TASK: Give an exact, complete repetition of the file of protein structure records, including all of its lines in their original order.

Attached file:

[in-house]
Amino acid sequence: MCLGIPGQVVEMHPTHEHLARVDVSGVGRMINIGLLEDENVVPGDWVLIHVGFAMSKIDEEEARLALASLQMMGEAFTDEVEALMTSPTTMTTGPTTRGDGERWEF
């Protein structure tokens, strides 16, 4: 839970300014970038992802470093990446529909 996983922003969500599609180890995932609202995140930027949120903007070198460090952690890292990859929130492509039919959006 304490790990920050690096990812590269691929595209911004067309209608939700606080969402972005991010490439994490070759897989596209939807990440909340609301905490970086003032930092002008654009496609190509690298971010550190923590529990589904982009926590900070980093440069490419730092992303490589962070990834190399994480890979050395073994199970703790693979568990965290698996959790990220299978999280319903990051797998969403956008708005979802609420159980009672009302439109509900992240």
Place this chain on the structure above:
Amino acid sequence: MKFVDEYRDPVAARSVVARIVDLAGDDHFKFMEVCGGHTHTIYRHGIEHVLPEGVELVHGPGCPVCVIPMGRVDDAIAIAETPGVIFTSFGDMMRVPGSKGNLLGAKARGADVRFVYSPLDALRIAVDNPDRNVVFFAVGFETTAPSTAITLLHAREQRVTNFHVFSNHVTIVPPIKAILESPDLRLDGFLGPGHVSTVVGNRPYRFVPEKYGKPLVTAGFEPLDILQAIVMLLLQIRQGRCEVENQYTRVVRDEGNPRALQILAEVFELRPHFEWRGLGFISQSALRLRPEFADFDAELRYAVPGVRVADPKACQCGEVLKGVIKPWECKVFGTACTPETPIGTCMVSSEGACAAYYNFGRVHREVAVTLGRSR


[in-house]
Amino acid sequence: MCLGIPGQVVEMHPTHEHLARVDVSGVGRMINIGLLEDENVVPGDWVLIHVGFAMSKIDEEEARLALASLQMMGEAFTDEVEALMTSPTTMTTGPTTRGDGERWEF
């Protein structure tokens, strides 16, 4: 839970300014970038992802470093990446529909 996983922003969500599609180890995932609202995140930027949120903007070198460090952690890292990859929130492509039919959006 304490790990920050690096990812590269691929595209911004067309209608939700606080969402972005991010490439994490070759897989596209939807990440909340609301905490970086003032930092002008654009496609190509690298971010550190923590529990589904982009926590900070980093440069490419730092992303490589962070990834190399994480890979050395073994199970703790693979568990965290698996959790990220299978999280319903990051797998969403956008708005979802609420159980009672009302439109509900992240």
Place this chain on the structure above:
Amino acid sequence: MKFVDEYRDPVAARSVVARIVDLAGDDHFKFMEVCGGHTHTIYRHGIEHVLPEGVELVHGPGCPVCVIPMGRVDDAIAIAETPGVIFTSFGDMMRVPGSKGNLLGAKARGADVRFVYSPLDALRIAVDNPDRNVVFFAVGFETTAPSTAITLLHAREQRVTNFHVFSNHVTIVPPIKAILESPDLRLDGFLGPGHVSTVVGNRPYRFVPEKYGKPLVTAGFEPLDILQAIVMLLLQIRQGRCEVENQYTRVVRDEGNPRALQILAEVFELRPHFEWRGLGFISQSALRLRPEFADFDAELRYAVPGVRVADPKACQCGEVLKGVIKPWECKVFGTACTPETPIGTCMVSSEGACAAYYNFGRVHREVAVTLGRSR